When a pregnant women is at her most relaxed her heart beats in 3/4 or 6/8. This rhythm brings peace and harmony to the unborn child and similarly to a community or nation. The 6/8 time signature honours the echoes of the heartbeat of a people’s state of consciousness. This beat is the pre-eminent metaphor of people who are at one with themselves and their environment.

This rhythmic tendency can be visualised as a triangle nestling in a square. The triangle has three sides, while the square has four. In African cultural traditions the number four is considered to be feminine and stable, while the number three is male and constantly in motion, conceptually never coming to rest.

The combination of these values in society leads to a kind of motive harmony, where the instinct for movement is equal to that of accentuating the home base. The alternate and simultaneous apportioning of prominence to either and both of the numbers three and four is the essential thrust of the African 3/4 or 6/8 rhythm.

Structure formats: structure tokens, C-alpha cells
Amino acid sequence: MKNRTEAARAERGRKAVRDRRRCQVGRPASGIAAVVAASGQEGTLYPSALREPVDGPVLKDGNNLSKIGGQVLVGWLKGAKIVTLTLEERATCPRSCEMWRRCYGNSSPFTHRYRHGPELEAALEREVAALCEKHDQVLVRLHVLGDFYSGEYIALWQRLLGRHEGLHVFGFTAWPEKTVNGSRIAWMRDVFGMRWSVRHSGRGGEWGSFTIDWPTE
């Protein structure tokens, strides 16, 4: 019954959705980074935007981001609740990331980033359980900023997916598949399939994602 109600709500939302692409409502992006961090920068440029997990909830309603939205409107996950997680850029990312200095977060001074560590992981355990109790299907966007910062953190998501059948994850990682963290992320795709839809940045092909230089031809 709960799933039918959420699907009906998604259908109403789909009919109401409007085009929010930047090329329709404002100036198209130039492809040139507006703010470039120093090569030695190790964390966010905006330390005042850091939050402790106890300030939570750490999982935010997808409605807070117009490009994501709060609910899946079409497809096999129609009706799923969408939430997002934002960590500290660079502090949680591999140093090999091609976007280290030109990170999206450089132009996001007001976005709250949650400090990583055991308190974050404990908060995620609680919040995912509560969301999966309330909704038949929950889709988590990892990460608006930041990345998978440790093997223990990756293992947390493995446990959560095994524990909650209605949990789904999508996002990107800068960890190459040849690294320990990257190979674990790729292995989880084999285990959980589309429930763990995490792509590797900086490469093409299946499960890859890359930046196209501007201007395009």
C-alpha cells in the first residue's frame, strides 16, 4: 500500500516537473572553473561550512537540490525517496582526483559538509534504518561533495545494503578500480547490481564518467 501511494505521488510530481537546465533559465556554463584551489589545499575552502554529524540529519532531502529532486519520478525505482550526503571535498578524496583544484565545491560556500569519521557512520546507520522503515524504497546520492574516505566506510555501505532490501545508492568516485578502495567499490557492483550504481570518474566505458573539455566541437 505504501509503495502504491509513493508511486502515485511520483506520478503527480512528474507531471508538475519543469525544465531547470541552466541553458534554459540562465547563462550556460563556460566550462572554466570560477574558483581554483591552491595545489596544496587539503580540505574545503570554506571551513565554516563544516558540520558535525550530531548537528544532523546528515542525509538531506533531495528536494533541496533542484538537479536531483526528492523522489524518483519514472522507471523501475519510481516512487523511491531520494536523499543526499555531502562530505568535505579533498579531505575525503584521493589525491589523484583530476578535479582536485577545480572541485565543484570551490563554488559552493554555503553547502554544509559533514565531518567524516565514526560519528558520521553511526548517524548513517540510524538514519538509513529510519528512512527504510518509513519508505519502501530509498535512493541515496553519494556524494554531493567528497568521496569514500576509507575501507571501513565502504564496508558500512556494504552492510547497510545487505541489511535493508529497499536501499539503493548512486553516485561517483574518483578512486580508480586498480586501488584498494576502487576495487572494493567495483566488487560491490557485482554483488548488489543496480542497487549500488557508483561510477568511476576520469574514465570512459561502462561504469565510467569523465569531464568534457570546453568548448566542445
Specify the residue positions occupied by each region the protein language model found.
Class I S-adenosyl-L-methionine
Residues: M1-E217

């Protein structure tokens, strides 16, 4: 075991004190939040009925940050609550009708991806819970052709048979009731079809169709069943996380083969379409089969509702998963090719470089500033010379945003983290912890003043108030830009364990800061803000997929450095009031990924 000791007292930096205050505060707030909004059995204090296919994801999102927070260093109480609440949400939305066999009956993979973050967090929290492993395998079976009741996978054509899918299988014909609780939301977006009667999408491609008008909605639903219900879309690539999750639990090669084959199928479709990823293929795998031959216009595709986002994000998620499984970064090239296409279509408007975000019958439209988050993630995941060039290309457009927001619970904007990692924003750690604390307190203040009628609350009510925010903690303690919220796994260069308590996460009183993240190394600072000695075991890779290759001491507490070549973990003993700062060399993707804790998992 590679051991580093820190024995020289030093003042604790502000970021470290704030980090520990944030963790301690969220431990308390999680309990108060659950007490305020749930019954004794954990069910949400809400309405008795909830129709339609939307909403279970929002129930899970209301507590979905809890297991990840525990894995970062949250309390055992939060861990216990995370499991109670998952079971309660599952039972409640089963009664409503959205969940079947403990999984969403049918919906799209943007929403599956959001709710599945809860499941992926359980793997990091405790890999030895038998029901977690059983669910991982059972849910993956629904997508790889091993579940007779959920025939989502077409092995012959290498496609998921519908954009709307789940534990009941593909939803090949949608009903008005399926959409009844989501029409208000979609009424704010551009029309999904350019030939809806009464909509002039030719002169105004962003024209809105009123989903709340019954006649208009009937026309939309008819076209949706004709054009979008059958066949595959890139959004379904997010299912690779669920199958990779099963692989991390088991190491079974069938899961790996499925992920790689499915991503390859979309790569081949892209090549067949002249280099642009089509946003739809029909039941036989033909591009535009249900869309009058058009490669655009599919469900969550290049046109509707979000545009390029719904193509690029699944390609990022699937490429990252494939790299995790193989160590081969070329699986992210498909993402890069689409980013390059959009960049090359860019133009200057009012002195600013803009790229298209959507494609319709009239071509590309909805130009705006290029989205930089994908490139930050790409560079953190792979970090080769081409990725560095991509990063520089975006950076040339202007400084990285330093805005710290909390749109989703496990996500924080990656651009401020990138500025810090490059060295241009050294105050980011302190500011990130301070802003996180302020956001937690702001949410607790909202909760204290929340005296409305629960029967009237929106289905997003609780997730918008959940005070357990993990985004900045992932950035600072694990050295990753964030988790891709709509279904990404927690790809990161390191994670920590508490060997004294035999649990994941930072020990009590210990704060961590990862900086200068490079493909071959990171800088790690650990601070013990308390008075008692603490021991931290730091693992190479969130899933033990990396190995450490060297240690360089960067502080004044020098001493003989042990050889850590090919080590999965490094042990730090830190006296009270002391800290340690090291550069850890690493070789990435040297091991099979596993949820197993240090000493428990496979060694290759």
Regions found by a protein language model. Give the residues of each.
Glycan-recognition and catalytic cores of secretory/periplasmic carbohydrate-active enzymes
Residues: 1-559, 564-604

It is therefore not uncommon, when you are playing percussion accentuating a 6/8 rhythm, imagining enveloping repeated cycles of three, to suddenly experience a momentary head spin in which the feeling (or “feel”) of a strong sense of four beats takes over. This oscillation is the basis of our perpetual search for home.

Eugene Skeef was a great friend of the late Bheki Mseleku. Bheki was globally renowned for his highly developed harmonic sense and was known as a master improviser at the piano. His scintillating solos often incorporated rapid melodic runs that left audiences and fellow musicians in total awe of his unbelievable speed. Eugene described how a friend once said about Bheki that his speed reminded him of John Coltrane in that no matter how fast he played, he articulated every single note of a run as if he was visiting people in his neighbourhood – stopping to greet every single one, exchanging pleasantries and having tea with them, before moving on to the next neighbour, until he had paid everyone in the community a visit.